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Excess PV Electricity

  • 21-08-2020 7:14am
    #1
    Registered Users Posts: 461 ✭✭ JonMac


    I recently watched a US home restoration program where the home owners intend to have a net zero annual usage of electricity from the grid.
    I may have misunderstood but I think their meter ran backward when exporting to the grid; don't think it was a feed-in tariff.
    Any hints of a plan like that here? I would think the Green party would be keen, as more of us would instal PV.


Comments

  • Registered Users Posts: 760 ✭✭✭ xl500


    This is a buyback scheme where a smart meter works out import and export and bills accordingly

    There was a pilot scheme here a few years ago but it was discontinued this is definitely the way to go imagine all the power could be generated if people and industries were encouraged to install PV

    Hopefully with Greens in it might but this government is looking decidedly shaky


  • Registered Users Posts: 5,650 ✭✭✭ correct horse battery staple


    Having worked in power generation another lifetime i would say Eirgrid and ESB would drag their feet not only because they move slow due to safety concerns (and having cushy jobs) but renewables are a massive headache on the grid in terms of balancing it, it does not help that large parts of country get up in arms any time new infrastructure (power lines, interconnectors etc) is proposed.

    I do hope they do start paying something as it sucks seeing on sunny afternoons all that energy going back and getting nothing for it, but i can also see the arguments on the other side of debate.


  • Moderators, Category Moderators, Motoring & Transport Moderators, Regional East Moderators Posts: 58,884 CMod ✭✭✭✭ unkel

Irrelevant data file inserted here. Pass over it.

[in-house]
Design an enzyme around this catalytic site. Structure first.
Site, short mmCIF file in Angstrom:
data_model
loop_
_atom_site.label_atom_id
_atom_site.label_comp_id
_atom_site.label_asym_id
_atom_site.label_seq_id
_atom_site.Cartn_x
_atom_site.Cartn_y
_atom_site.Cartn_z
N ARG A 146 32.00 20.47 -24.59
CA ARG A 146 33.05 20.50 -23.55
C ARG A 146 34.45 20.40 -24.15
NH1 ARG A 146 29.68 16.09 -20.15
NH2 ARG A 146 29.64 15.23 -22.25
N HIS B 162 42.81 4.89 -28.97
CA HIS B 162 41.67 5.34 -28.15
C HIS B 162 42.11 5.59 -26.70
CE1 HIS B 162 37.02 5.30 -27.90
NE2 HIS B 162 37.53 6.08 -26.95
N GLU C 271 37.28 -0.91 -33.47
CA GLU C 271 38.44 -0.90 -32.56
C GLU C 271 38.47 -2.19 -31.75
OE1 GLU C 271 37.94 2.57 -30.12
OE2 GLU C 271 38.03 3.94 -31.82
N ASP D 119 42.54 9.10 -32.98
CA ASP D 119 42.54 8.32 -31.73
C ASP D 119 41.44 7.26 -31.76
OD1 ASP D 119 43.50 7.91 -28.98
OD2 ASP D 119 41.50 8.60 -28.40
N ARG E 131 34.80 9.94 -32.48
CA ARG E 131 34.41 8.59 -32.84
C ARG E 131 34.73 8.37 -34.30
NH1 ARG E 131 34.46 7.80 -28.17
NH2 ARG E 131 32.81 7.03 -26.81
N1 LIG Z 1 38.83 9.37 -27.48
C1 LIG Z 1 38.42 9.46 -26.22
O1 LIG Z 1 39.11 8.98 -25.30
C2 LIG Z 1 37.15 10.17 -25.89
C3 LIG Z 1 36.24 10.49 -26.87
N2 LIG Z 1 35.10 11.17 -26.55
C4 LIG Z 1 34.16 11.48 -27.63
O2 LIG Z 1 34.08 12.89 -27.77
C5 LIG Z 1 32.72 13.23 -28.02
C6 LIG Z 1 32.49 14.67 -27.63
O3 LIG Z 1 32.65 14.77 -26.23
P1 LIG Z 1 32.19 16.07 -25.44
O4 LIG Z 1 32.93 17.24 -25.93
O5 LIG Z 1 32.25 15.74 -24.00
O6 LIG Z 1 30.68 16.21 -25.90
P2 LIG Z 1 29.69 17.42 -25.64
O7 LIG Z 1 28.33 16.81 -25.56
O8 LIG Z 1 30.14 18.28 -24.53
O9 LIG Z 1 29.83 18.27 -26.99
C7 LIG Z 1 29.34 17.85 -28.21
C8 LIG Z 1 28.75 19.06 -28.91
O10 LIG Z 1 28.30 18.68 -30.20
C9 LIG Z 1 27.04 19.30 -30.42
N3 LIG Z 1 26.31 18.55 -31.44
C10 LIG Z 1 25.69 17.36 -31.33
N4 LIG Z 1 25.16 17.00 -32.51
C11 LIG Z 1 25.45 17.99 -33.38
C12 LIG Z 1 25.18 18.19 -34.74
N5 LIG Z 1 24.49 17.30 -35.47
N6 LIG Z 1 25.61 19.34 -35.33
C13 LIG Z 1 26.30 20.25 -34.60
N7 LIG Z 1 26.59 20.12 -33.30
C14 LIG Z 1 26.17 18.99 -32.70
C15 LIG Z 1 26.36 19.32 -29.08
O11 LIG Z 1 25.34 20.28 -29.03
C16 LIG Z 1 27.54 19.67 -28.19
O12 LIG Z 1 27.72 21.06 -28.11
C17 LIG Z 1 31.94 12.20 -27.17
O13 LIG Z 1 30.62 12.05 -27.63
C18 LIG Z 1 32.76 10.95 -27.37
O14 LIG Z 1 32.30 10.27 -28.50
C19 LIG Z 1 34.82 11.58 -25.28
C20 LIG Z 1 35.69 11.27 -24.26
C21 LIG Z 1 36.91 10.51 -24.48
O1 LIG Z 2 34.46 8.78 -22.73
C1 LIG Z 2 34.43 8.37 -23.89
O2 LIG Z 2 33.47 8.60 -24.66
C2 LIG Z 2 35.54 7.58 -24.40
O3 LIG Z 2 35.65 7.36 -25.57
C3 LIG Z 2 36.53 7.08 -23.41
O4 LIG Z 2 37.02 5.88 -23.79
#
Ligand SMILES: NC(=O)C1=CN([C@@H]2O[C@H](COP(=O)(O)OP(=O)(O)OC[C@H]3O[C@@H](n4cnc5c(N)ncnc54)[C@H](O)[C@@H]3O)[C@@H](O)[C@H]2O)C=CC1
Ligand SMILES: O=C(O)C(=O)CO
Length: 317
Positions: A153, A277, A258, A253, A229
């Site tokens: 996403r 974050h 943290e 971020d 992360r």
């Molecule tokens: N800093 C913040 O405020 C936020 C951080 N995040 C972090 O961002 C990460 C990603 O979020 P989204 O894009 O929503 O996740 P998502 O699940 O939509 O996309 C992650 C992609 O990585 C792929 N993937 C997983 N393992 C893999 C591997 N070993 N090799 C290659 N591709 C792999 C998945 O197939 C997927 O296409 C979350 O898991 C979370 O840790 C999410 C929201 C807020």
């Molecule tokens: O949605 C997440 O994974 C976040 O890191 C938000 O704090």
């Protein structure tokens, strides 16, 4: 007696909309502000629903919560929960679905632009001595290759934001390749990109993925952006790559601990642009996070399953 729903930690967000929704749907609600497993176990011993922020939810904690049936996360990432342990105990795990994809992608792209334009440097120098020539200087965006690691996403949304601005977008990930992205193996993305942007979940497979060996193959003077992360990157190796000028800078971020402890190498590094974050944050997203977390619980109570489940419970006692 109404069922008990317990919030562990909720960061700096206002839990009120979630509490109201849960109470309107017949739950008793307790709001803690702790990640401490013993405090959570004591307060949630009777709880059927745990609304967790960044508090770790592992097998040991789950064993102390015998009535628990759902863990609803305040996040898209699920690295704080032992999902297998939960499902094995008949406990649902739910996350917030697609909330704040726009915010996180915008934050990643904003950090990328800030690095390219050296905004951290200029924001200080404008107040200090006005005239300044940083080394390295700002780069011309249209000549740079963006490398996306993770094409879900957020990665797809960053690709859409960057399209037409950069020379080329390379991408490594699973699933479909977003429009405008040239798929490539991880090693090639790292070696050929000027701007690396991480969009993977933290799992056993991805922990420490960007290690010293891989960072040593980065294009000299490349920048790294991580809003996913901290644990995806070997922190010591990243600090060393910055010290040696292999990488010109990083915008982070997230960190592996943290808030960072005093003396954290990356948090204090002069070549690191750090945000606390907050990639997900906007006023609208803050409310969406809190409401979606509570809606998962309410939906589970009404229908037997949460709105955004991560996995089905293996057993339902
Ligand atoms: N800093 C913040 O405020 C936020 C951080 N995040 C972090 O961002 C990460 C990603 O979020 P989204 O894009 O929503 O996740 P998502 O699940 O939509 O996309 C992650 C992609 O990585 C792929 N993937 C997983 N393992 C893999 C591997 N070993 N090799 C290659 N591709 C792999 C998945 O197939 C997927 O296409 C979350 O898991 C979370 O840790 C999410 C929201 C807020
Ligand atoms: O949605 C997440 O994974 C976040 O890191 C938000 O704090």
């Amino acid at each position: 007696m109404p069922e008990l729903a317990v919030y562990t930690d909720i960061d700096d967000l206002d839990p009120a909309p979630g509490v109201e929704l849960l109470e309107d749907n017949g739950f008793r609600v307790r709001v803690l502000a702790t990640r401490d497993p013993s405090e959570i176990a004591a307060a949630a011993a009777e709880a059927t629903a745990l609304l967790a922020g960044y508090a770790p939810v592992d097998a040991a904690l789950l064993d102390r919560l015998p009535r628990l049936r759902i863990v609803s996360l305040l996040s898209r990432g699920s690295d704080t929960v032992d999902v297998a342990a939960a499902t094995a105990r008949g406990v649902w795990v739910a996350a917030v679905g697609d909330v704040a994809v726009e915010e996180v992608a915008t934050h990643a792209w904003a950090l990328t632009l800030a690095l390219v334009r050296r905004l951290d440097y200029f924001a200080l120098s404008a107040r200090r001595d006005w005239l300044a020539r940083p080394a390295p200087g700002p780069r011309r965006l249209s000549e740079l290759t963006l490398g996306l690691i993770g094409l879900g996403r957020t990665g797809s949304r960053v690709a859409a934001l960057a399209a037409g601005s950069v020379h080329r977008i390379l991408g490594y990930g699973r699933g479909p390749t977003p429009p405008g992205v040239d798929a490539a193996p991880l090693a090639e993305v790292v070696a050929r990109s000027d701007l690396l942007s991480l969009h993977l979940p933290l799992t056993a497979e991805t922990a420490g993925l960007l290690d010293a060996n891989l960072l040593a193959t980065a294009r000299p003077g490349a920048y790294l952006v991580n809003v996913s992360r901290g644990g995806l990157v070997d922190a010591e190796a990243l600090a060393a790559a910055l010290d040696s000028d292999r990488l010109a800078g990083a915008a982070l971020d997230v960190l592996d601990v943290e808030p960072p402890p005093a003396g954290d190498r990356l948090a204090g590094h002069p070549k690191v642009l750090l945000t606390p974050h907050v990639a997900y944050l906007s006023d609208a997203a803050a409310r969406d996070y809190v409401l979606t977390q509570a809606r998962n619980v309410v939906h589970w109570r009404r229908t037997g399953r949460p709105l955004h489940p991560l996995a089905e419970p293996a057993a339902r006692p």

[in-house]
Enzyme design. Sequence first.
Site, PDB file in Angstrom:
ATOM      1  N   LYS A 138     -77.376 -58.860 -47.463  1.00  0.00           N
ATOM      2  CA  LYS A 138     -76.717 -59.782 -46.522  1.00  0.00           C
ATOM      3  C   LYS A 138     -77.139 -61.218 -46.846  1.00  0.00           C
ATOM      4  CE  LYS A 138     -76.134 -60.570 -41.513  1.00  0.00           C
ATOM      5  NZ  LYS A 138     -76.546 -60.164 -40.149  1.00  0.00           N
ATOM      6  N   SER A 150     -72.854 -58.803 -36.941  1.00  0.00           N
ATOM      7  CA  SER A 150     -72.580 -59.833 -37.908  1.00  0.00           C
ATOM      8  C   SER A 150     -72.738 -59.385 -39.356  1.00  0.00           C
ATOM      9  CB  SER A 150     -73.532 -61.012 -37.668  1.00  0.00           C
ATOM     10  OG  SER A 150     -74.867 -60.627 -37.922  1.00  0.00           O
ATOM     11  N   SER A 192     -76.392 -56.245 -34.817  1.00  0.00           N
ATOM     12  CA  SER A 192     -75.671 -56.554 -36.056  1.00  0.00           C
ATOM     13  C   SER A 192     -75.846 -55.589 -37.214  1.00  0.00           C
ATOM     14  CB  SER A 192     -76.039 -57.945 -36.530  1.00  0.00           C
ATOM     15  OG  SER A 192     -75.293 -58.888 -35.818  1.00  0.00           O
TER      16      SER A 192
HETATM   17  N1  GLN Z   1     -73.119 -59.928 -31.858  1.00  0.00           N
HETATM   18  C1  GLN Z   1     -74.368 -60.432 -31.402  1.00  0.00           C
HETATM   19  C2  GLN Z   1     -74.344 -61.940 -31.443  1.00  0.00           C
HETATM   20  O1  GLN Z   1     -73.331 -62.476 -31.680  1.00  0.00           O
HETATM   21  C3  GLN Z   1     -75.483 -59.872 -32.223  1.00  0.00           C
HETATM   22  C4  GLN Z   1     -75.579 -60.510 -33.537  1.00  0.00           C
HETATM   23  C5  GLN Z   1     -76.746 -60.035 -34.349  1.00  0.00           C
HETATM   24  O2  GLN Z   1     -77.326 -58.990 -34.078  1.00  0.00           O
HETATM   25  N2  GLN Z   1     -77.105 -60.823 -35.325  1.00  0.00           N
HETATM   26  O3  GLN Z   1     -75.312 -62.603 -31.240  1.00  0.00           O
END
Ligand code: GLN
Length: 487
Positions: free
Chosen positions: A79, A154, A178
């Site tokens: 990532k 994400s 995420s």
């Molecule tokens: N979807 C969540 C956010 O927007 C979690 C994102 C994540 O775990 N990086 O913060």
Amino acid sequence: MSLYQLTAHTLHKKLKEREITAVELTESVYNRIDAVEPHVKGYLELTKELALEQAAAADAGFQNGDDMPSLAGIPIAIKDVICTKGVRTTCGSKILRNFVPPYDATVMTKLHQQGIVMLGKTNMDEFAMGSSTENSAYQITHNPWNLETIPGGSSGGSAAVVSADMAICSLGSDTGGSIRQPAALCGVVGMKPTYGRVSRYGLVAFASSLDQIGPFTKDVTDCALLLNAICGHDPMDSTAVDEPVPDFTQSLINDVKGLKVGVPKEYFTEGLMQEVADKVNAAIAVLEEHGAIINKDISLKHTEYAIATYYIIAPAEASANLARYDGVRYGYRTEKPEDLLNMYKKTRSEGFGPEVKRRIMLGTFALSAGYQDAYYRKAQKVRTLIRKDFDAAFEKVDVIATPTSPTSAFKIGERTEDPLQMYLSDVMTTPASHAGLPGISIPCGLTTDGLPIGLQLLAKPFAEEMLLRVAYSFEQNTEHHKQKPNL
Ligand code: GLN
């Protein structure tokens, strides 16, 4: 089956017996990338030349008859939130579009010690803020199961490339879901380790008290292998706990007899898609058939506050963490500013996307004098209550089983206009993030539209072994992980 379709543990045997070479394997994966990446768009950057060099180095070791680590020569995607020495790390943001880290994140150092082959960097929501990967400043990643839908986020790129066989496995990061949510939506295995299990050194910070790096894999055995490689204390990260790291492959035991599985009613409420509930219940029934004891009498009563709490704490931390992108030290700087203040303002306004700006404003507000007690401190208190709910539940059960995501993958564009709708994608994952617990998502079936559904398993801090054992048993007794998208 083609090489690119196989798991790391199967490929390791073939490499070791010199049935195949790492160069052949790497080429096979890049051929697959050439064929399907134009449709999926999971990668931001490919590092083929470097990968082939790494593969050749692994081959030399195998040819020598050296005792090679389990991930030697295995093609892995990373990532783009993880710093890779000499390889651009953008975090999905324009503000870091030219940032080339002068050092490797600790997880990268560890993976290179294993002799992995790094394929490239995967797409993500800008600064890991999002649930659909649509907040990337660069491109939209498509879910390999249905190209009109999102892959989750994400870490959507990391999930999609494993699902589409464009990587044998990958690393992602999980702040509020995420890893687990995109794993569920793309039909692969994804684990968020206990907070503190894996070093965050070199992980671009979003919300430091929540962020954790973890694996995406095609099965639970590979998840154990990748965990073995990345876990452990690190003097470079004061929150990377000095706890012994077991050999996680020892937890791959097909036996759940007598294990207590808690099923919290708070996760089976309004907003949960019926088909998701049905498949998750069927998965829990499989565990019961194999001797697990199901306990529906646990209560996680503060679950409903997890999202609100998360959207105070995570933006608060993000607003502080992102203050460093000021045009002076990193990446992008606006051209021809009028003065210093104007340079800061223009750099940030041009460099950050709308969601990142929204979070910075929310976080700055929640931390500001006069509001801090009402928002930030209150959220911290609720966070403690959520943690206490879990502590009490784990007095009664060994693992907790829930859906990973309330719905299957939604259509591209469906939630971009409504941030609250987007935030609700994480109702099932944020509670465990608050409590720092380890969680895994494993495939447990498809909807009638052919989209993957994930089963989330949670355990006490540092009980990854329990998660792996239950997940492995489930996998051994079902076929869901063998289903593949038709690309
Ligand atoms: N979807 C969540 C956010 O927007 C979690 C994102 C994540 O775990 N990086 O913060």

JonMac wrote: »
    the home owners intend to have a net zero annual usage of electricity from the grid.

    And this is pretty easy and cheap to accomplish. An average home in Ireland uses 3.5MWh of electricity per year. Just 10-12 PV panels facing south will generate this per year.

    "Wind is Ireland's oil" - An Taoiseach, 25/05/2022



  • Posts: 0 [Deleted User]


    It's cheaper to give the power away than to keep it. Size your system accordingly.
    ESB are great with excuses. Step up lads.


  • Registered Users Posts: 461 ✭✭ JonMac


    Could you please explain how that works after dark in the Winter?


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  • Registered Users Posts: 7,661 ✭✭✭ Markcheese


    unkel wrote: »
    And this is pretty easy and cheap to accomplish. An average home in Ireland uses 3.5MWh of electricity per year. Just 10-12 PV panels facing south will generate this per year.

    Yeah but not necessarily when you need it , and every one else with solar panels is pretty much generating at the same time ...
    In saying that things like air-con are becoming increasingly common in Ireland ,and pv is great for countering that ... And I suppose that pv also produces most while wind in Ireland produces least , so it's a handy offset ..

    Slava ukraini 🇺🇦



  • Moderators, Category Moderators, Motoring & Transport Moderators, Regional East Moderators Posts: 58,884 CMod ✭✭✭✭ unkel


    Markcheese wrote: »
    Yeah but not necessarily when you need it

    Indeed but that is what the OP is asking about. They stated "Net zero annual usage of electricity from the grid". Unfortunately we do not have net metering in Ireland.
    Markcheese wrote: »
    and every one else with solar panels is pretty much generating at the same time

    Only a few thousand houses in Ireland have a substantial PV array. This is not an issue until about a million houses do :p Even if net metering was introduced tomorrow, this million would take at least a decade, at which time plenty of PV would actually be desirable on the grid (as we will likely have far more storage in the form of home attached and grid attached batteries, hundreds of thousands EVs, etc.)

    "Wind is Ireland's oil" - An Taoiseach, 25/05/2022



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